GLAAD has been working closely with the family of 6-year-old Coy Mathis and the Transgender Legal Defense and Education Fund (TLDEF) in asking Eagleside Elementary School in Fountain, CO to allow Coy to once again use the girls' restroom at her school.
Coy, who is in first grade, used the correct restroom for the previous year. But in mid-December, the Fountain-Fort Carson School District 8 told her parents, Kathryn and Jeremy, that Coy would be prevented from using the girls' bathrooms after winter break. The District said Coy could only use the boys' bathroom, a staff bathroom that is used only by adults, or the nurse's bathroom, which is otherwise used by sick children.
TLDEF today announced that it has filed a complaint with the Colorado Civil Rights Division on behalf of the Mathis family. The Colorado Anti-Discrimination Act, passed in 2007, prohibits discrimination against transgender students in public schools. Kathryn and Jeremy have removed Coy from school and are home schooling her until a resolution is found that will allow Coy to use the same facilities as other girls.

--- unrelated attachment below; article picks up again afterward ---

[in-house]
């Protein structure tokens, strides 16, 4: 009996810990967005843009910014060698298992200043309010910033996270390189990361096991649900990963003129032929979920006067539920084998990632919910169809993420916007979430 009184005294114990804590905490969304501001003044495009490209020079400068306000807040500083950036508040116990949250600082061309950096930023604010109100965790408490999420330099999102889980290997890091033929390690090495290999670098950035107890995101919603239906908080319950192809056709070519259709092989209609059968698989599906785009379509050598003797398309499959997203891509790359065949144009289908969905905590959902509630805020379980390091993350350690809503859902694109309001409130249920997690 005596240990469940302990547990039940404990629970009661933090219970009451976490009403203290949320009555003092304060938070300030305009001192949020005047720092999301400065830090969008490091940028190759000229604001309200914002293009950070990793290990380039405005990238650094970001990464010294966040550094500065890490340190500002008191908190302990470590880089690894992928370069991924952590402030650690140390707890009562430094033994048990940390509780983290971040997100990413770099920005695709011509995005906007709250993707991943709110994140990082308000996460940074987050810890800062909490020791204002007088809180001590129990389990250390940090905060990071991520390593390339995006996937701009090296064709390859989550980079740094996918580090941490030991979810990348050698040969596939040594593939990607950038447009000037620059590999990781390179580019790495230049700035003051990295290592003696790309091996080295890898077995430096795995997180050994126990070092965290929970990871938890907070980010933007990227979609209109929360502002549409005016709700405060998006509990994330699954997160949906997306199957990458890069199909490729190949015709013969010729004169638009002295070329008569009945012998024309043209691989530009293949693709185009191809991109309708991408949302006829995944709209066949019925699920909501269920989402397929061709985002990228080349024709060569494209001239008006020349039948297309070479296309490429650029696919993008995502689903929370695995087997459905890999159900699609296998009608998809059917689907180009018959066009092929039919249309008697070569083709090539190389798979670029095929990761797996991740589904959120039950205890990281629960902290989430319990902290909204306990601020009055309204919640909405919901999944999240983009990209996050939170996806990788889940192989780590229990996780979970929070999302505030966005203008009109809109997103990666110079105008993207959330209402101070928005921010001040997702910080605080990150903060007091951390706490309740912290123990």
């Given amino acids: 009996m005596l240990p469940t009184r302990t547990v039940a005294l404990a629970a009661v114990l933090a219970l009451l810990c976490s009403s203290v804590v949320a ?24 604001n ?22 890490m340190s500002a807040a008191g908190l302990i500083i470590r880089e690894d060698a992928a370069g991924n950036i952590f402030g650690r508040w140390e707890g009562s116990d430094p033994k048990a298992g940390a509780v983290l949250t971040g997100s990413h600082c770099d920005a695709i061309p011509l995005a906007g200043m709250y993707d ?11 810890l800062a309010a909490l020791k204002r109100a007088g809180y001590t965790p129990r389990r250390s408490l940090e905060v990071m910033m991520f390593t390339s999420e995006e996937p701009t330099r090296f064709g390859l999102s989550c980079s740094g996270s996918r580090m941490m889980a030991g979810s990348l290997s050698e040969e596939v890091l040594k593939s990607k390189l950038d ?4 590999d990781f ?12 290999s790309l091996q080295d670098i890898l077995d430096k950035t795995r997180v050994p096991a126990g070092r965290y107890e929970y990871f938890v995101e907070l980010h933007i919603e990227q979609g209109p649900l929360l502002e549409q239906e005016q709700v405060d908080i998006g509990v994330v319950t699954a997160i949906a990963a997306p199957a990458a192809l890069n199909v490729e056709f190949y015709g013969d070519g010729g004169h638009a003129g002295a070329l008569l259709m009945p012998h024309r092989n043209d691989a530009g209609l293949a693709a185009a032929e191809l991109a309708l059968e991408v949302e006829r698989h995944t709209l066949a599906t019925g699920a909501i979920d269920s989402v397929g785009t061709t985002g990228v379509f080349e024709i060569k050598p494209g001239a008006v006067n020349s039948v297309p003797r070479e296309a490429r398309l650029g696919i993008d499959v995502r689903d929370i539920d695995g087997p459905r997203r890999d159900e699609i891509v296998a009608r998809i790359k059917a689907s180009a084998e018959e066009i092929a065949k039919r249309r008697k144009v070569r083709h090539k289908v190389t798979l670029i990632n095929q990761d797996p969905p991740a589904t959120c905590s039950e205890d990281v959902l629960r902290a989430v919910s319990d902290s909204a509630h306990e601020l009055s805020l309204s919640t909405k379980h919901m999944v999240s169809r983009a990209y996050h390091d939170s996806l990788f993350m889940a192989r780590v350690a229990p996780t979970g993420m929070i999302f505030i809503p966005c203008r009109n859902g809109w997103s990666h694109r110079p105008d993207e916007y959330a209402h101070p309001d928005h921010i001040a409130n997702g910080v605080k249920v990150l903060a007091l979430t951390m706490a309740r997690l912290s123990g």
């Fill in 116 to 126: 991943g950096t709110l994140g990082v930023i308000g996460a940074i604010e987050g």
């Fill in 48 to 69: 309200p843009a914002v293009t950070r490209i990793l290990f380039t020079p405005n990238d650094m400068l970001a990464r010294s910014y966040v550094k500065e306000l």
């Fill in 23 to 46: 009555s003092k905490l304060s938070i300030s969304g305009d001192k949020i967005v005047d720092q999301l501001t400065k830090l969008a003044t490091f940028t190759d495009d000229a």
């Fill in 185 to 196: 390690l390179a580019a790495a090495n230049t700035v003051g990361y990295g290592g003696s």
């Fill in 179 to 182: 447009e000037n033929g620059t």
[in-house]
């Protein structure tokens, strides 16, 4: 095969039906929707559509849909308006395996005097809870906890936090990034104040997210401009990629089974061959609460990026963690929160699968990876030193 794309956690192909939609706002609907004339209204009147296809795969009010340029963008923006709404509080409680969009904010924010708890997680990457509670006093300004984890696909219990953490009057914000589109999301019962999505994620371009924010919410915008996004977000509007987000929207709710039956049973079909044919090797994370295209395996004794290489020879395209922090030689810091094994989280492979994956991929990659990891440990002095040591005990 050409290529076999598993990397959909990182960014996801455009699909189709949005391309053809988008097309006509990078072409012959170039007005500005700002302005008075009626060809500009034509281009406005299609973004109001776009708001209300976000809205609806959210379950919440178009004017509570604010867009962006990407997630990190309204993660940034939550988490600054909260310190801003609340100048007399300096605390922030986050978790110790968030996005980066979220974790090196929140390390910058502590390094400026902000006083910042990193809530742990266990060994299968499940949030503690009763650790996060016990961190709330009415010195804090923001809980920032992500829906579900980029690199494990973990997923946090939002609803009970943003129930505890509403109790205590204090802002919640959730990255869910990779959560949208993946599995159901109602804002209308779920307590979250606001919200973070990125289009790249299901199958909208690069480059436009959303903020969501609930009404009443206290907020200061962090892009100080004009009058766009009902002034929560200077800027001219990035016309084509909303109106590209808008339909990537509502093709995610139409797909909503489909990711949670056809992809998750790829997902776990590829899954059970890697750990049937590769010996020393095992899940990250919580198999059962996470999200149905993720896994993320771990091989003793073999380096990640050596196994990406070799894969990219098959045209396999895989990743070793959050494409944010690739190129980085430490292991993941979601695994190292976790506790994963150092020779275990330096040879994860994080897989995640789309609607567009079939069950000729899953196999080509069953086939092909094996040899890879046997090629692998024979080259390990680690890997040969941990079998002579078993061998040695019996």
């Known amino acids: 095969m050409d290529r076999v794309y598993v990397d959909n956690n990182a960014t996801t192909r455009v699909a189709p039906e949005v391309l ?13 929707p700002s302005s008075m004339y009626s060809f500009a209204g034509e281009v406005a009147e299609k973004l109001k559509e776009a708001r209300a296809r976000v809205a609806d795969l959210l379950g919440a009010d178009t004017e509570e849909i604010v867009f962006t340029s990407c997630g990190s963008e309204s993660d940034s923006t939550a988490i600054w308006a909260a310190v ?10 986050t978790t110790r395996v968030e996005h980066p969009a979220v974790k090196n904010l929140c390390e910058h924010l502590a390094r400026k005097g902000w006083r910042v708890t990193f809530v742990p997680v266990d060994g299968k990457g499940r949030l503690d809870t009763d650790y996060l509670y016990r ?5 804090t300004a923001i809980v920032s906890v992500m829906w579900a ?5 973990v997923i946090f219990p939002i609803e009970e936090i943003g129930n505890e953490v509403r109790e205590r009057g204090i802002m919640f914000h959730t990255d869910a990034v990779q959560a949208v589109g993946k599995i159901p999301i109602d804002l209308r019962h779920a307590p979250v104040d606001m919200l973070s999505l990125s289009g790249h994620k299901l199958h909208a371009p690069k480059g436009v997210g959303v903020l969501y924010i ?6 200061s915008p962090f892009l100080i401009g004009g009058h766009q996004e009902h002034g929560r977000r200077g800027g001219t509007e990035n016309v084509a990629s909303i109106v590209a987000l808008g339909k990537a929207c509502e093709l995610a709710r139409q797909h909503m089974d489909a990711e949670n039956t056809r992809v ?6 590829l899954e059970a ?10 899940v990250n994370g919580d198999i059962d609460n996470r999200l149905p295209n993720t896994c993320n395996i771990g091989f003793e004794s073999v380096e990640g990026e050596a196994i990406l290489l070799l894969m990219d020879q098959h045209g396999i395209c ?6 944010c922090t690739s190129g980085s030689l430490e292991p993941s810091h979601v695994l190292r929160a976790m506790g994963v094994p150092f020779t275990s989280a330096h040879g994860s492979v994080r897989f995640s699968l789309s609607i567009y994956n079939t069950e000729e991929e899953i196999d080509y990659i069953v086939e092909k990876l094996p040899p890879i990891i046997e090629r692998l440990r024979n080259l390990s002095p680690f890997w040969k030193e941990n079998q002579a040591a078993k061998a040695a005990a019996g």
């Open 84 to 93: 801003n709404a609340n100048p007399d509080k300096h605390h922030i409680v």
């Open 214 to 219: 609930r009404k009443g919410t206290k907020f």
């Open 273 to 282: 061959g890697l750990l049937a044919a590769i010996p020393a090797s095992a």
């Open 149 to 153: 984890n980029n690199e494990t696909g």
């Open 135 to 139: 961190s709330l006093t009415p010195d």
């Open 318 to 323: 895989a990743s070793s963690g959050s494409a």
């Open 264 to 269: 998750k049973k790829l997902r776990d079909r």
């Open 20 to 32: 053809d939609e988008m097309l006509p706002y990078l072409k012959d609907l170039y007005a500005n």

"It's sad that the Mathis family had to file a civil rights complaint in order for their daughter to be treated equally," said GLAAD President Herndon Graddick. "Especially since the state of Colorado has already spoken in support of children like Coy. The students clearly aren't the only people at this school who need more education."
"We want Coy to have the same educational opportunities as every other Colorado student ," said Kathryn Mathis, in a statement released by TLDEF. "Her school should not be singling her out for mistreatment just because she is transgender."
"By forcing Coy to use a different bathroom than all the other girls, Coy's school is targeting her for stigma, bullying and harassment," said Michael Silverman, TLDEF's executive director. "Coy's school has the opportunity to turn this around and teach Coy's classmates a valuable lesson about friendship, respect and basic fairness."
GLAAD has been working with the media to tell the Mathis family's story, to raise awareness about this discrimination, in the hopes that the school district will do the right thing and rescind their ban on Coy using the correct restroom. Their story will also serve to educate other people about the lives of transgender children, and that education can prevent discrimination like this from happening in other schools. Coy and her family spoke about their experience on Katie this week, alongside several expert and two other inspiring families with trans kids, in an episode entirely focused on transgender young people. The Mathis family has appeared in dozens of other stories already, and is scheduled to be on CNN later this week.